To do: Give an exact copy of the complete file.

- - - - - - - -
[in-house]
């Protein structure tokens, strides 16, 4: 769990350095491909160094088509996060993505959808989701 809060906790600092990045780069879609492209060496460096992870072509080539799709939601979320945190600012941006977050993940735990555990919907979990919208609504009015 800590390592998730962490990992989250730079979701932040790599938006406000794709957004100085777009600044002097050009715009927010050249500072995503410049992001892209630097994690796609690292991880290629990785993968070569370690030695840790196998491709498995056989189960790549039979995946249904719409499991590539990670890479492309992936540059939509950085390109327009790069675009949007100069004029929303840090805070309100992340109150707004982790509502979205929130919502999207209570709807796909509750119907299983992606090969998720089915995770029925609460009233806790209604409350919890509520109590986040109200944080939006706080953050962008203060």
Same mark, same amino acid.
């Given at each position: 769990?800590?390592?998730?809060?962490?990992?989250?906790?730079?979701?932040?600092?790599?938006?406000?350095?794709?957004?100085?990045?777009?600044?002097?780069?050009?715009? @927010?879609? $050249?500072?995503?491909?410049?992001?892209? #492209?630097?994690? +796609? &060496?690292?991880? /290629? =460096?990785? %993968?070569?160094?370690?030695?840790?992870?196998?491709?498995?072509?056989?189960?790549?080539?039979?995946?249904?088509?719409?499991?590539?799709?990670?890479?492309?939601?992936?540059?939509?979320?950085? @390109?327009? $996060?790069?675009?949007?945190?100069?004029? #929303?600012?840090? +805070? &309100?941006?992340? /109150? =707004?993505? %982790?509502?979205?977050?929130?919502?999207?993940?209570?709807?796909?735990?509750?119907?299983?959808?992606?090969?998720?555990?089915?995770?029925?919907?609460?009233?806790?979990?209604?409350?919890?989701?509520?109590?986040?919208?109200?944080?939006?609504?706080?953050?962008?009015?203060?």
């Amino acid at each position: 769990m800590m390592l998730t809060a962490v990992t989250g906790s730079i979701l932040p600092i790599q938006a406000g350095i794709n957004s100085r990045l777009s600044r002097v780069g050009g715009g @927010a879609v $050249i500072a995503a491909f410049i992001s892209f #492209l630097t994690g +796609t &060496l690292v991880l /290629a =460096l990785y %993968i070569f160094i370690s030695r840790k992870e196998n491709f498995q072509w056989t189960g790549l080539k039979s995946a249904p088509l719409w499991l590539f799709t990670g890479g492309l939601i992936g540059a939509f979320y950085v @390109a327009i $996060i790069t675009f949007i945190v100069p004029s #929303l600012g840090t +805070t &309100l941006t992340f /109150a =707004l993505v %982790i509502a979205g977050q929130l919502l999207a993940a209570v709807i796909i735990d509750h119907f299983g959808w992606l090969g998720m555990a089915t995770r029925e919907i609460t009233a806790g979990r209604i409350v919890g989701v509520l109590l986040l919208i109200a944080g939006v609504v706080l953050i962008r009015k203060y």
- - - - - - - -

[in-house]
């Protein structure tokens, strides 16, 4: 769990350095491909160094088509996060993505959808989701 809060906790600092990045780069879609492209060496460096992870072509080539799709939601979320945190600012941006977050993940735990555990919907979990919208609504009015 800590390592998730962490990992989250730079979701932040790599938006406000794709957004100085777009600044002097050009715009927010050249500072995503410049992001892209630097994690796609690292991880290629990785993968070569370690030695840790196998491709498995056989189960790549039979995946249904719409499991590539990670890479492309992936540059939509950085390109327009790069675009949007100069004029929303840090805070309100992340109150707004982790509502979205929130919502999207209570709807796909509750119907299983992606090969998720089915995770029925609460009233806790209604409350919890509520109590986040109200944080939006706080953050962008203060």
Same mark, same amino acid.
């Given at each position: 769990?800590?390592?998730?809060?962490?990992?989250?906790?730079?979701?932040?600092?790599?938006?406000?350095?794709?957004?100085?990045?777009?600044?002097?780069?050009?715009? @927010?879609? $050249?500072?995503?491909?410049?992001?892209? #492209?630097?994690? +796609? &060496?690292?991880? /290629? =460096?990785? %993968?070569?160094?370690?030695?840790?992870?196998?491709?498995?072509?056989?189960?790549?080539?039979?995946?249904?088509?719409?499991?590539?799709?990670?890479?492309?939601?992936?540059?939509?979320?950085? @390109?327009? $996060?790069?675009?949007?945190?100069?004029? #929303?600012?840090? +805070? &309100?941006?992340? /109150? =707004?993505? %982790?509502?979205?977050?929130?919502?999207?993940?209570?709807?796909?735990?509750?119907?299983?959808?992606?090969?998720?555990?089915?995770?029925?919907?609460?009233?806790?979990?209604?409350?919890?989701?509520?109590?986040?919208?109200?944080?939006?609504?706080?953050?962008?009015?203060?």
């Amino acid at each position: 769990m800590m390592l998730t809060a962490v990992t989250g906790s730079i979701l932040p600092i790599q938006a406000g350095i794709n957004s100085r990045l777009s600044r002097v780069g050009g715009g @927010a879609v $050249i500072a995503a491909f410049i992001s892209f #492209l630097t994690g +796609t &060496l690292v991880l /290629a =460096l990785y %993968i070569f160094i370690s030695r840790k992870e196998n491709f498995q072509w056989t189960g790549l080539k039979s995946a249904p088509l719409w499991l590539f799709t990670g890479g492309l939601i992936g540059a939509f979320y950085v @390109a327009i $996060i790069t675009f949007i945190v100069p004029s #929303l600012g840090t +805070t &309100l941006t992340f /109150a =707004l993505v %982790i509502a979205g977050q929130l919502l999207a993940a209570v709807i796909i735990d509750h119907f299983g959808w992606l090969g998720m555990a089915t995770r029925e919907i609460t009233a806790g979990r209604i409350v919890g989701v509520l109590l986040l919208i109200a944080g939006v609504v706080l953050i962008r009015k203060y």